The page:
What could anyone ask a monster other than death. The eternal suffering.
(the petition is asked)
Lucia said nothing. She had no answer for someone who told stupidities just so people would believe in the power of a dreadful image. She left the church with the idea that she would never return. Outside the flames of midday embraced her and etched in her pupils, like scars from a fire, the very pale face of the bleeding Blind Child. The searing sun of the streets of Puebla of the Angels did not evoke more than demons, and, for some reason, also the Child.
She dreamed about him. She saw him, sitting on his golden throne as though he was a tyrant. With a movement of his scepter there came a group of cherubs willing to crown him and place upon his shoulders the cape dyed in blood. The winged creatures emitted terrifying sounds as they praised the Child. Some went mad with death rattles when he allowed them to lick the fluid that flowed from his empty eye sockets: those abysses which left Lucia unconscious even in dreams.
Lucia felt that her hands, burnt as if by ice, caressed the body of the midget Virgin. “This is my son,” the statue said, showing her a shapeless mass of flesh which dripped between her fingers. Then she smiled with two rows of blackened teeth. She reeked. “This is my son. Praise him.”
She imagined herself running down the streets of Morelia. Lucia was the thief. She fled from the screams of the Child who dragged himself towards her. Then, she tripped on a stone and she saw no more.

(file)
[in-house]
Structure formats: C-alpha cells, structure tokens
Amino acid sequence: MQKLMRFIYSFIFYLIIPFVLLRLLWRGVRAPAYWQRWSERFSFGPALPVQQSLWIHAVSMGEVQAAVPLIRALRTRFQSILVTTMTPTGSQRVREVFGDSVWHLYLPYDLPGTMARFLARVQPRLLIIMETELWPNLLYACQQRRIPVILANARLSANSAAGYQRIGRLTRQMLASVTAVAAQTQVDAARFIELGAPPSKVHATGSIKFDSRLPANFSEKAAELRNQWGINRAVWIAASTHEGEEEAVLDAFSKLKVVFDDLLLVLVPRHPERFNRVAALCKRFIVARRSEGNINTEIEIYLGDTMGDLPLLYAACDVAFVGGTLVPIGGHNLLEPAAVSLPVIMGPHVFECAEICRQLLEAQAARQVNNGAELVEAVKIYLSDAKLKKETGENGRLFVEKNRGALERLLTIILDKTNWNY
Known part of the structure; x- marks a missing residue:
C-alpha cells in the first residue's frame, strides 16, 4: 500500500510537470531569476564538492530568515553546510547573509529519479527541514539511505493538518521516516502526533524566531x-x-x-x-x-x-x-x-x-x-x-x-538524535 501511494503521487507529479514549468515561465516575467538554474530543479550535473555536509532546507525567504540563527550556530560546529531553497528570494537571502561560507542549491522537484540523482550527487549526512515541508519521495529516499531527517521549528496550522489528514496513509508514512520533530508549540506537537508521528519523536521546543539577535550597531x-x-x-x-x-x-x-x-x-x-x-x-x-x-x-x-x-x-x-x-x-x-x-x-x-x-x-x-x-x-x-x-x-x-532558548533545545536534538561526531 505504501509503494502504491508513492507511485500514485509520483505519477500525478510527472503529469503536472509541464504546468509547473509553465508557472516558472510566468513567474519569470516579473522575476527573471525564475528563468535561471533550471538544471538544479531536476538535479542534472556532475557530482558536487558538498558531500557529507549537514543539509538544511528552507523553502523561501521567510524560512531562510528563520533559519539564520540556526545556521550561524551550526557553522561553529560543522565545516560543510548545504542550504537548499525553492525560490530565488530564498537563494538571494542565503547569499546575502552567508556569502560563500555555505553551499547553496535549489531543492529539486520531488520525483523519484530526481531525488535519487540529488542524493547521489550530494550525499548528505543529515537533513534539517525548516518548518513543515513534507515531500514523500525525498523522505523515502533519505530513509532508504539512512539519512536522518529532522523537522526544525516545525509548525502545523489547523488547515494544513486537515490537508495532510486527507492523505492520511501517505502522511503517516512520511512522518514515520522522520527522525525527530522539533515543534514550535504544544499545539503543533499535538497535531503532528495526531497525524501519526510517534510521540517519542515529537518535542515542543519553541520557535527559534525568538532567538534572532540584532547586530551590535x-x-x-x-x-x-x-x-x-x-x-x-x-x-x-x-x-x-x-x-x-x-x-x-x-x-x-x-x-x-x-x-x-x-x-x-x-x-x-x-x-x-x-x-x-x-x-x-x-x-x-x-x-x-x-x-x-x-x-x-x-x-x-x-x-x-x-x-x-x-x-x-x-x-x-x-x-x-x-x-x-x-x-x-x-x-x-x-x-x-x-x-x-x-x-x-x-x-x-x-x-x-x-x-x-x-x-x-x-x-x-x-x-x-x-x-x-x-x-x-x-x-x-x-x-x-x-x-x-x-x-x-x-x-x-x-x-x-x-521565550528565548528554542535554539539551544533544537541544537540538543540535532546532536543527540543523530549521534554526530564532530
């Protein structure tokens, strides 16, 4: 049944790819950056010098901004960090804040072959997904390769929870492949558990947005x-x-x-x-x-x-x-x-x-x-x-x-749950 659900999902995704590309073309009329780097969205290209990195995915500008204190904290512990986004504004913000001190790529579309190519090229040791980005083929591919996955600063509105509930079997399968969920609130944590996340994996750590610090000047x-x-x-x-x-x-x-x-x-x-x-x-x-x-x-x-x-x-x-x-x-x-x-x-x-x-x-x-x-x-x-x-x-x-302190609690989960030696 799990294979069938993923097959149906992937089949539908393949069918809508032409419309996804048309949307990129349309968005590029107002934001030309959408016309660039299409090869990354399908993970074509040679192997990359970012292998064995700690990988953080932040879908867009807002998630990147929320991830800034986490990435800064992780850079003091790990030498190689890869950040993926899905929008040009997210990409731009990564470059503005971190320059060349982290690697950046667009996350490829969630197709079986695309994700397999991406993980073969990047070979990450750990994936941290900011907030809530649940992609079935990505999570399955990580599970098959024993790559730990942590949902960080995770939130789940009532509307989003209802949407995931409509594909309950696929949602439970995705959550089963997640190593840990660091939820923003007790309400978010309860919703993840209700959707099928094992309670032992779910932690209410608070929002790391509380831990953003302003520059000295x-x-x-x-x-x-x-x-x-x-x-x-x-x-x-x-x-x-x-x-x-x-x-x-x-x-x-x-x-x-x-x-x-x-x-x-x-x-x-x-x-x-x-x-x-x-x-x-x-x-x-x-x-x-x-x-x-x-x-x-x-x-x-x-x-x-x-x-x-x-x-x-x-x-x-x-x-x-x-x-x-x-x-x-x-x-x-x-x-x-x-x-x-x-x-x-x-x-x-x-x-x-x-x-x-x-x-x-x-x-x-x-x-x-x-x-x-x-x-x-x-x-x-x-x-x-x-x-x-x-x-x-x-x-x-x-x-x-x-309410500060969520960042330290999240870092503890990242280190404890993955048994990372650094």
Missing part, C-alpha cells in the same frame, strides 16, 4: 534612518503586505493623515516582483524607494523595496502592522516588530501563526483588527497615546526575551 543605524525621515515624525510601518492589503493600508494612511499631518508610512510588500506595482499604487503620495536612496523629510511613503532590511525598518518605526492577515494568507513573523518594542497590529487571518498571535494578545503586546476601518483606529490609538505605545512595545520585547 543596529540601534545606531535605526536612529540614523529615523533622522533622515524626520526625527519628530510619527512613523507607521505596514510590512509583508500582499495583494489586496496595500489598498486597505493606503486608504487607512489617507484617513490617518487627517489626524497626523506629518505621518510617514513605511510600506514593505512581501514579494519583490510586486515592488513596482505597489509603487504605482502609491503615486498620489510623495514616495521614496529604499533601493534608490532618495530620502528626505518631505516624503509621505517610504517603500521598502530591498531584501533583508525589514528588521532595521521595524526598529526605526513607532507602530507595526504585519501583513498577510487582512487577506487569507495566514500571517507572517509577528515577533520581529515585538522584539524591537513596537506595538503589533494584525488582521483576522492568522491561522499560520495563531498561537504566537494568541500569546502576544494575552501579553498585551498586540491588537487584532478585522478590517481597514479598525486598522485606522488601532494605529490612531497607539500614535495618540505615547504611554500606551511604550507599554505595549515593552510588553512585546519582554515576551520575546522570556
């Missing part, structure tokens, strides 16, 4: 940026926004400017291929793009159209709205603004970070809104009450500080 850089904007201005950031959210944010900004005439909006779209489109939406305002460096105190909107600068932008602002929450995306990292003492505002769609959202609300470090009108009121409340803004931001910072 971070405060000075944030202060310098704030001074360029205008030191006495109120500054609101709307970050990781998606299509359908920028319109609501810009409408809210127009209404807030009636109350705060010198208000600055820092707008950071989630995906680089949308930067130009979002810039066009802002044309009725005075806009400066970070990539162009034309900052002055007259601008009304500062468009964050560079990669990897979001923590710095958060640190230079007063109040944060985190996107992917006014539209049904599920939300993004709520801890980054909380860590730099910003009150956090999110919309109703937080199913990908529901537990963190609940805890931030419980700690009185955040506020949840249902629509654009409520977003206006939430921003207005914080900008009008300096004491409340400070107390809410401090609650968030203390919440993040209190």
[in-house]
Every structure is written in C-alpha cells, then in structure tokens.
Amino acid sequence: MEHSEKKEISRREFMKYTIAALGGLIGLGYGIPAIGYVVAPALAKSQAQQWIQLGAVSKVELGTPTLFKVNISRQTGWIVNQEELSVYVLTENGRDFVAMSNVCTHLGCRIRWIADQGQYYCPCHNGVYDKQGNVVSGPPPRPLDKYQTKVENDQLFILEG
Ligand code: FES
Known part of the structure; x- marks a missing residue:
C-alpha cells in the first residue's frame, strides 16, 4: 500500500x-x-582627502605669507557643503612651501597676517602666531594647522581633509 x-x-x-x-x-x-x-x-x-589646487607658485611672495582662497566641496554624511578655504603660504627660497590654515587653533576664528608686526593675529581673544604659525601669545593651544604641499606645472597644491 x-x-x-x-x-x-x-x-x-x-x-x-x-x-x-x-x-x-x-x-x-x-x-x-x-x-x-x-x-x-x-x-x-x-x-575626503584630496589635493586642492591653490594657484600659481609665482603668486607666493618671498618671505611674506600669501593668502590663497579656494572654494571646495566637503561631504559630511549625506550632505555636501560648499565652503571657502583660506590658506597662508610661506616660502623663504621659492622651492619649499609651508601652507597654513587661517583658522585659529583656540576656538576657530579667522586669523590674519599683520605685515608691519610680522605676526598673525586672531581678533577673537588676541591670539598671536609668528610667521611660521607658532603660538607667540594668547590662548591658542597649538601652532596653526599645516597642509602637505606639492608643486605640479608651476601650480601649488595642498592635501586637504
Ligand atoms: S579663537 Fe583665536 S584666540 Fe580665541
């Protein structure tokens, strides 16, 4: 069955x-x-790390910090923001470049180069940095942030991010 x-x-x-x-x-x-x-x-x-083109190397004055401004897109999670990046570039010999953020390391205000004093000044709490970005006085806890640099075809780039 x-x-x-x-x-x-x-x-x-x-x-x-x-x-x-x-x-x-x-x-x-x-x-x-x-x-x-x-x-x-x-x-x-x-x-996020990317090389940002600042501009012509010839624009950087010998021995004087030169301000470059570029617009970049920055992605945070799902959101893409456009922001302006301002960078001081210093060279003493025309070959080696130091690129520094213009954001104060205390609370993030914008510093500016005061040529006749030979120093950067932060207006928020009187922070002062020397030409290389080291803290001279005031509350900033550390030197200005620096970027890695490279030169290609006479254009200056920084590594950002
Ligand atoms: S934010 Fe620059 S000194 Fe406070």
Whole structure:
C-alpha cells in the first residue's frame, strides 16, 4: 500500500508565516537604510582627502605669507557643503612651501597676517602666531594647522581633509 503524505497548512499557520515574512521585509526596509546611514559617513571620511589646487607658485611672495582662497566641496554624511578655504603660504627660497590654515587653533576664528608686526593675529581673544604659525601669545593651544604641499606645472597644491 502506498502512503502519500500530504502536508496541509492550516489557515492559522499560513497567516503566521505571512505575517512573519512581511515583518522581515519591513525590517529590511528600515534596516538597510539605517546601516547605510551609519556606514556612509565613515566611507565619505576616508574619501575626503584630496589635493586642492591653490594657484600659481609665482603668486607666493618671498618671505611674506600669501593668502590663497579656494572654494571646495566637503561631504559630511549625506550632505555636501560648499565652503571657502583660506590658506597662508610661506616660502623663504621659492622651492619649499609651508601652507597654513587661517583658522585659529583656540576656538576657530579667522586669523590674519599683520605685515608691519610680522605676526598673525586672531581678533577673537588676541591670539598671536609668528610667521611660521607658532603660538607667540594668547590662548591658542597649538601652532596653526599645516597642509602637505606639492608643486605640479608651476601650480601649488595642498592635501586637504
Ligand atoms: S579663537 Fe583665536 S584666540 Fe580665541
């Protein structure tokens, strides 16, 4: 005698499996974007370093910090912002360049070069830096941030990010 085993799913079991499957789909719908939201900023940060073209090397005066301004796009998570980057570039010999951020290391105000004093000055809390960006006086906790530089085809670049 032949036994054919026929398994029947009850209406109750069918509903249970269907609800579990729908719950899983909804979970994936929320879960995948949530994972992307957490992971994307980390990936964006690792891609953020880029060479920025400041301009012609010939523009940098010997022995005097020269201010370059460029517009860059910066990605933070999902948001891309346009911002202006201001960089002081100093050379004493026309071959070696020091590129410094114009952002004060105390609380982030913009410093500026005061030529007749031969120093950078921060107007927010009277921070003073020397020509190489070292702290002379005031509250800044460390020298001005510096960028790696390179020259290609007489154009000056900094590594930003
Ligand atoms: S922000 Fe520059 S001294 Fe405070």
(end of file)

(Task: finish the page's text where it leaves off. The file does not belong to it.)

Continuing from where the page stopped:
She dreamed also of a banquet. On the table there were entrails and dismembered corpses. The Child devoured it all with a fury and tossed to the floor the remains of that atrocious meal. The cherubs came to eat the scraps, like dogs, and entered into a terrible frenzy that the Child celebrated by asking for cups overflowing with blood to be brought forth, along with other fetid liquids. The Child laughed, he wet his chest with spoiled milk, struck Lucia with a stick and forced her to look at the bottomless eternity of his eye sockets so she would not be able to wake no more.
Look at this sorrow which condemns me.
When she went out into the street, Lucia felt that the heat marked her deeply, more deeply than the image of the Holy Child. She felt her body dissolving into pained ashes. The burning air, agitated as if by the wings of the cherubs, traced furrows upon her skin. The light blinded her.
She trembled. Sweated cold sweat. She was nobody, she was nothing. She burnt with fever. Nothing existed but his eyes with two infinite abysses, black holes, awaiting offerings.
(three Lord’s prayers)